John Henry Newton was born on July 24, 1725 in Wapping, London, the son of a shipmaster. Newton's mother, Elizabeth Seatcliffe Newton was the daughter of an instrument maker from London, but she died of tuberculosis when John was only seven years old. Two years later, Newton went to live with his father's new wife, during which he attended school.
When he was eleven, Newton worked at sea with his father. When his father retired, Newton was expected to go work on a sugar plantation in Jamaica, but Newton decided to sign on with a merchant ship in the Mediterranean instead.
Life at Sea
In 1743, Newton was captured and pressed into the naval service by the Royal Navy. He became a midshipman on the HMS Hardwich. Newton attempted to desert, but was captured and was given eight dozen lashes and was reduced to the rank of common seaman. After this event, Newton contemplated murdering the captain and committing suicide himself. Newton eventually recovered, both physically and mentally, and was transfered to the Pegasus, a slave ship bound for West Africa.
Newton was deemed a problem by the crew of the Pegasus and was handed over to a slave dealer named Amos Clowe. Clowe took Newton to the coast and gave him to Clowe's wife, an African duchess, as a slave. Newton was abused and mistreated while there, but was rescued in 1748 by a sea captain who had been hired by Newton's father to search for him.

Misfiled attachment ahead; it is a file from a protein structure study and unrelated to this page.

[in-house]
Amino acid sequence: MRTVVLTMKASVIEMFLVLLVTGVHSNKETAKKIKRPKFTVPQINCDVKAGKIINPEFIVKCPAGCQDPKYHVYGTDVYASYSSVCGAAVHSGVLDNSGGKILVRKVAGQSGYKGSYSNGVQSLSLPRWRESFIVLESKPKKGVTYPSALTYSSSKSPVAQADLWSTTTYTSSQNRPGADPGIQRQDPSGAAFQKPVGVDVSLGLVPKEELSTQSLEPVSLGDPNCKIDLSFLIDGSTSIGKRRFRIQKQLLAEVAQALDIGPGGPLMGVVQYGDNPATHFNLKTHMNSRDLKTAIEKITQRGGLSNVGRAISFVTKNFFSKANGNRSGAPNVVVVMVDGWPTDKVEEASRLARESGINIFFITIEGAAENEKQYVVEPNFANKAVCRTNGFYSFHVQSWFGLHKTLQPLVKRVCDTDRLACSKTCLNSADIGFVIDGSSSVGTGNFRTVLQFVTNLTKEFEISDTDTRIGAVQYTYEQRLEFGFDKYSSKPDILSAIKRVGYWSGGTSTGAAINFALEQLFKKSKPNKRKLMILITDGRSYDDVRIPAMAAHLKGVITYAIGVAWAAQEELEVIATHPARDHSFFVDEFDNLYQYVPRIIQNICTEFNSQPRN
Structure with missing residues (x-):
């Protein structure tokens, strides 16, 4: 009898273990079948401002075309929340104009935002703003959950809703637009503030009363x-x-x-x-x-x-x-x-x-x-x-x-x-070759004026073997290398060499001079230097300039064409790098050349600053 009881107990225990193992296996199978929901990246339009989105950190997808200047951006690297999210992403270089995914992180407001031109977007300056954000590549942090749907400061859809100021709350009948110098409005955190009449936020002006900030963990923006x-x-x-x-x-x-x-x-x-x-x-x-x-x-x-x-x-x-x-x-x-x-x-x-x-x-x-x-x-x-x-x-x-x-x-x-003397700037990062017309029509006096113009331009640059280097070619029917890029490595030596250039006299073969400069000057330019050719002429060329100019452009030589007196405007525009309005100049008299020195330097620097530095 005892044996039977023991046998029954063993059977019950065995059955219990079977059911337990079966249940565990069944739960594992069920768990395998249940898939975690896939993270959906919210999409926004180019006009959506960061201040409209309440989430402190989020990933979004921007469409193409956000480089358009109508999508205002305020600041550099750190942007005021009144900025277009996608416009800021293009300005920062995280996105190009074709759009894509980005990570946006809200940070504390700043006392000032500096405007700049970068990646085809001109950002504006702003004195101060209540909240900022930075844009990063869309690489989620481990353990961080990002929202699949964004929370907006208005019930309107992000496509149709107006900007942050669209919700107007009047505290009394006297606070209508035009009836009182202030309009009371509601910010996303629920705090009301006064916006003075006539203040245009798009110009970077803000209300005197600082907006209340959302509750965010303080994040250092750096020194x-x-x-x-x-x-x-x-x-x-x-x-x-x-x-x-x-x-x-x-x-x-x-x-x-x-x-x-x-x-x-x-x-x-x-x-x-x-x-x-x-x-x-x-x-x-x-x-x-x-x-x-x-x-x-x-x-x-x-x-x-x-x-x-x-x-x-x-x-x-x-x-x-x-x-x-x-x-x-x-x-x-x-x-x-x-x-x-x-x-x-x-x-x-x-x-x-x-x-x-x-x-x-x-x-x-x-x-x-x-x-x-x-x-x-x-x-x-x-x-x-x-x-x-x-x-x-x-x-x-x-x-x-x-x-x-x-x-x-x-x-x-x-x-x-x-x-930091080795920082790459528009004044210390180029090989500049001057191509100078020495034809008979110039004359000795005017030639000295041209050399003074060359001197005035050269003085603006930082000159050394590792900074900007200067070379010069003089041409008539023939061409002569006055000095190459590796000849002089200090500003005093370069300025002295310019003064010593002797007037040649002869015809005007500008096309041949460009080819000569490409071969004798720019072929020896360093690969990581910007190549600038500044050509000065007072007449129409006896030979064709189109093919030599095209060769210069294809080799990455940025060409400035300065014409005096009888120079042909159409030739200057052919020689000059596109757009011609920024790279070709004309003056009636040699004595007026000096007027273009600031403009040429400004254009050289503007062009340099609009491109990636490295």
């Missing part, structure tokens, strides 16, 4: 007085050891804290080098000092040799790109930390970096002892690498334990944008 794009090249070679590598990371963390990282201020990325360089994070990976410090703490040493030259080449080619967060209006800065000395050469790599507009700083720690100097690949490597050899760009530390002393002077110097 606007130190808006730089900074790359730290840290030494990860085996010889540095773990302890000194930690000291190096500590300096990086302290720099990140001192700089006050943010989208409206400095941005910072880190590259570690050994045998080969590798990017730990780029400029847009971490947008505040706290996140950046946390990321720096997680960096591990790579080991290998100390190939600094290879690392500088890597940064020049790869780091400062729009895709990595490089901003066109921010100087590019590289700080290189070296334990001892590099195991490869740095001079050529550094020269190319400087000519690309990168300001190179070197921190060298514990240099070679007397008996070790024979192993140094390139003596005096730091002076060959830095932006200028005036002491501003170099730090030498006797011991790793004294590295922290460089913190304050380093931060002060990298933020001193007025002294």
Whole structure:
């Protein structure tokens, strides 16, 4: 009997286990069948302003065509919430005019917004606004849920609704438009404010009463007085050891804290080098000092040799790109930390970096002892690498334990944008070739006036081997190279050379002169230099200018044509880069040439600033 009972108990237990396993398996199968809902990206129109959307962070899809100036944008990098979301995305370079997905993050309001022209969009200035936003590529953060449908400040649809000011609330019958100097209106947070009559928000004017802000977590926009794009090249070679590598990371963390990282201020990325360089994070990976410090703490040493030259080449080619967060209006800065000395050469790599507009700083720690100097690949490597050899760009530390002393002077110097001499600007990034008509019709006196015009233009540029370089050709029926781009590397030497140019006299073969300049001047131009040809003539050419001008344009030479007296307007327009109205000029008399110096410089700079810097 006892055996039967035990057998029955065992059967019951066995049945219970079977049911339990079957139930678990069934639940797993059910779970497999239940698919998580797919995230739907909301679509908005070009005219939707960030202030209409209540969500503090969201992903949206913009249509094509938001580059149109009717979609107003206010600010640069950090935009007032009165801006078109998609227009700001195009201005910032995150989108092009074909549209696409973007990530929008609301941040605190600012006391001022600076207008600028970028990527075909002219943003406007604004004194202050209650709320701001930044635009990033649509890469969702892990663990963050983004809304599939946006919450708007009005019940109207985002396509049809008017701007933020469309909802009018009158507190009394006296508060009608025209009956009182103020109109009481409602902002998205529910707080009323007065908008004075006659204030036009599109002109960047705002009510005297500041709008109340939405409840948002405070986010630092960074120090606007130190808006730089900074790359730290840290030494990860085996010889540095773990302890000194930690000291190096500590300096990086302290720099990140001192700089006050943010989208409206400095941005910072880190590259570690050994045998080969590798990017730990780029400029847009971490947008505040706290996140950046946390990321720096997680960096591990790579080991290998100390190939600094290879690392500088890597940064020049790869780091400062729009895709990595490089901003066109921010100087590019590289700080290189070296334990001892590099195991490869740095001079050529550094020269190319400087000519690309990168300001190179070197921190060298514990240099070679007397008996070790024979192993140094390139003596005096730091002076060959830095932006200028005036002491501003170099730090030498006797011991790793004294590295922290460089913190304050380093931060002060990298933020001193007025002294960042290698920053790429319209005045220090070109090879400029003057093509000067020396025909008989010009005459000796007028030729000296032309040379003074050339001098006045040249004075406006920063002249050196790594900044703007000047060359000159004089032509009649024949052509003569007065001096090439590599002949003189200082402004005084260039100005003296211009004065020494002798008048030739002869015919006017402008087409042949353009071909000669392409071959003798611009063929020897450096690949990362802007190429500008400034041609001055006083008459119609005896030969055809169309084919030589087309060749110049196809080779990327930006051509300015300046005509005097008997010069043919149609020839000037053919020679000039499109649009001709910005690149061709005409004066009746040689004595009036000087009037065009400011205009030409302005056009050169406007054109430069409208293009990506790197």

The sea captain returned Newton to Liverpool, where Newton acquired a slave ship Brownlow. During a voyage to the West Indies, Newton became sick with fever. While sick, Newton recognized the inadequacy of his spiritual life. He then professed his full belief in Christ. After this, in 1750, Newton married his childhood sweetheart. Newton did, however, continued working in the slave trade until 1754.
Newton settled down in 1755 to become a tax collector, and in his spare time, he studied Greek, Hebrew, and Syriac and soon became a well known evangelical lay minister. In 1757, he applied to be ordained as a priest of the Church of England. He was refused multiple times by the Church of England, the Methodist Church, and the Presbyterian Church. It wasn't until 1764, that Newton was accepted as the priest of Olney on the recommendation of Lord Dartmouth.
In 1767, a poet named William Cowper moved to Olney. He attended Newton's church, and the two worked together to create a volume of hymns, published in 1779 as the Olney Hymns. Among these hymns was the most famous ever written, titled "Amazing Grace".
In 1788, Newton published a pamphlet entitled "Thoughts Upon the Slave Trade", in which he described the horrible conditions of slave ships he had experienced 34 years prior. In the pamphlet, Newton denounced slavery and expressed shame and humiliation for ever being part of the slave trade. Newton became an ally with William Wilberforce, who led the Parliamentary campaign to abolish the slave trade.
Newton lived with his wife, Mary Catlett until her death in 1790. After her death, Newton published Letters to a Wife, in which he expressed his sorrow at her passing. Newton died on December 21, 1807, but before his death, he was able to see the passage of the Slave Trade Act of 1807, which abolished slavery in the British Empire. Newton is on our list because despite entering the world of slavery and cruelty, he was able to turn his life around, write one of the most famous hymns in the world, and fight against the slavery that he once practiced.